Phenylalanine-rich peptides potently bind ESAT6, a virulence determinant of Mycobacterium tuberculosis, and concurrently affect the pathogen's growth.

4(11):e7615

PLoS ONE

ABSTRACT: The secretory proteins of Mycobacterium tuberculosis (M. tuberculosis) have been known to be involved in the virulence, pathogenesis as well as proliferation of the pathogen. Among this set, many proteins have been hypothesized to play a critical role at the genesis of the onset of infection, the primary site of which is invariably the human lung. During our efforts to isolate potential binding partners of key secretory proteins of M. tuberculosis from a human lung protein library, we isolated peptides that strongly bound the virulence determinant protein Esat6. All peptides were less than fifty amino acids in length and the binding was confirmed by in vivo as well as in vitro studies. Curiously, we found all three binders to be unusually rich in phenylalanine, with one of the three peptides a short fragment of the human cytochrome c oxidase-3 (Cox-3). The most accessible of the three binders, named Hcl1, was shown also to bind to the Mycobacterium smegmatis (M. smegmatis) Esat6 homologue. Expression of hcl1 in M. tuberculosis H37Rv led to considerable reduction in growth. Microarray analysis showed that Hcl1 affects a host of key cellular pathways in M. tuberculosis. In a macrophage infection model, the sets expressing hcl1 were shown to clear off M. tuberculosis in much greater numbers than those infected macrophages wherein the M. tuberculosis was not expressing the peptide. Transmission electron microscopy studies of hcl1 expressing M. tuberculosis showed prominent expulsion of cellular material into the matrix, hinting at cell wall damage. While the debilitating effects of Hcl1 on M. tuberculosis are unrelated and not because of the peptide's binding to Esat6-as the latter is not an essential protein of M. tuberculosis-nonetheless, further studies with this peptide, as well as a closer inspection of the microarray data may shed important light on the suitability of such small phenylalanine-rich peptides as potential drug-like molecules against this pathogen.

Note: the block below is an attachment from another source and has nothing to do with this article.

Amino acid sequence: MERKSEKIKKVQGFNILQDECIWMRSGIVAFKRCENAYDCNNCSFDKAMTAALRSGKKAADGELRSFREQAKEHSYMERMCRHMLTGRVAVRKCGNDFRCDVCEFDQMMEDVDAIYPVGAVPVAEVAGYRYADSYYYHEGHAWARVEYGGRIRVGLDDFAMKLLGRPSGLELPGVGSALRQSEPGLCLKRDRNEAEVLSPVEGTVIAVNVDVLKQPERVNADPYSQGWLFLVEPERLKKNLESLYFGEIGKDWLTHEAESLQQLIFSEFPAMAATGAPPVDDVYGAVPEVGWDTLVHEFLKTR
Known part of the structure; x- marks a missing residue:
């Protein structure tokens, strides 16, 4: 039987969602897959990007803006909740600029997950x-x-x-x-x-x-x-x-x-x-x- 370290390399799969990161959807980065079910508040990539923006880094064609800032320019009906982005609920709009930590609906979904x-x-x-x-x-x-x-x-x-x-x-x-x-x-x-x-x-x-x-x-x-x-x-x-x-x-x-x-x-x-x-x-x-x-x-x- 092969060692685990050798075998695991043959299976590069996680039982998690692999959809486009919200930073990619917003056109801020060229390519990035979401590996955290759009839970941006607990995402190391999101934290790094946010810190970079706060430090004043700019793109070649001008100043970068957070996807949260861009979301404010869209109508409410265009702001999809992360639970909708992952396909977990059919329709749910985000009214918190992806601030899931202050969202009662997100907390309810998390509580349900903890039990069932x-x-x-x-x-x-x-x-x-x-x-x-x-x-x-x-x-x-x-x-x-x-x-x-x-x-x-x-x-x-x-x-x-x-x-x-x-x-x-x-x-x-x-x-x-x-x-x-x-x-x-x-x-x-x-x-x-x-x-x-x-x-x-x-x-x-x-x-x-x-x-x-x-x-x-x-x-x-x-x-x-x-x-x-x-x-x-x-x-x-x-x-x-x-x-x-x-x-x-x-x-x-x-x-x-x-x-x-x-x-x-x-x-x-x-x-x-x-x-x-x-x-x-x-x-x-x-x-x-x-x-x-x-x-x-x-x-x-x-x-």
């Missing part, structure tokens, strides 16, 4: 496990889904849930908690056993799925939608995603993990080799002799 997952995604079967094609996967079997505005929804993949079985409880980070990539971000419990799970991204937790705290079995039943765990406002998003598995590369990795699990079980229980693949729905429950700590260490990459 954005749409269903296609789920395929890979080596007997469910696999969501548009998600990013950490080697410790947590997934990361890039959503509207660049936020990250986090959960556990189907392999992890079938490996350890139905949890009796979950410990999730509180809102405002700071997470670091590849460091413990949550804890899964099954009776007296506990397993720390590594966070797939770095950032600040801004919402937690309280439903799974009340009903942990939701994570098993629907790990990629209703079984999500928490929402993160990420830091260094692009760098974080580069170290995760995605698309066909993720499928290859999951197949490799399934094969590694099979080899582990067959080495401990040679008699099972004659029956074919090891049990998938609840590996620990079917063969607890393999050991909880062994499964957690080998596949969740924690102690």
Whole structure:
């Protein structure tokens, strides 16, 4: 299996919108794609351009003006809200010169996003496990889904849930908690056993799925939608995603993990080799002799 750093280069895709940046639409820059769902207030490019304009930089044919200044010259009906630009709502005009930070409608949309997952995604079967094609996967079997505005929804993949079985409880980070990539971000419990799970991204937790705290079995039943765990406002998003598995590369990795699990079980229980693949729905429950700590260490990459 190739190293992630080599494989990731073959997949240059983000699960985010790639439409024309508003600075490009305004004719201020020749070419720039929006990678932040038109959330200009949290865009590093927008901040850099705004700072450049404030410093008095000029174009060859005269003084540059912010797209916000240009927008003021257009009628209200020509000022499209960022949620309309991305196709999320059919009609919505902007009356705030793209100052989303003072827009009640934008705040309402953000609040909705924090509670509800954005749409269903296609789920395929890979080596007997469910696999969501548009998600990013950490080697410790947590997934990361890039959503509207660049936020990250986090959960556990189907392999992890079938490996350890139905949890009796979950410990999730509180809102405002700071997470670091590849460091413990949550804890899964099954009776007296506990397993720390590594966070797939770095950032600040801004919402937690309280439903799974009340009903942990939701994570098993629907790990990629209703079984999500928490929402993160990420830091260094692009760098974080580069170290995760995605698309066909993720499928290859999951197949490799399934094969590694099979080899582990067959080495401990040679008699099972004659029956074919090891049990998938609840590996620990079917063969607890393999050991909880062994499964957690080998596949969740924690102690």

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January 2009
7 Reads

Hydrogen and polyhydroxybutyrate producing abilities of microbes from diverse habitats by dark fermentative process.

99(13):5444-51

Bioresource Technology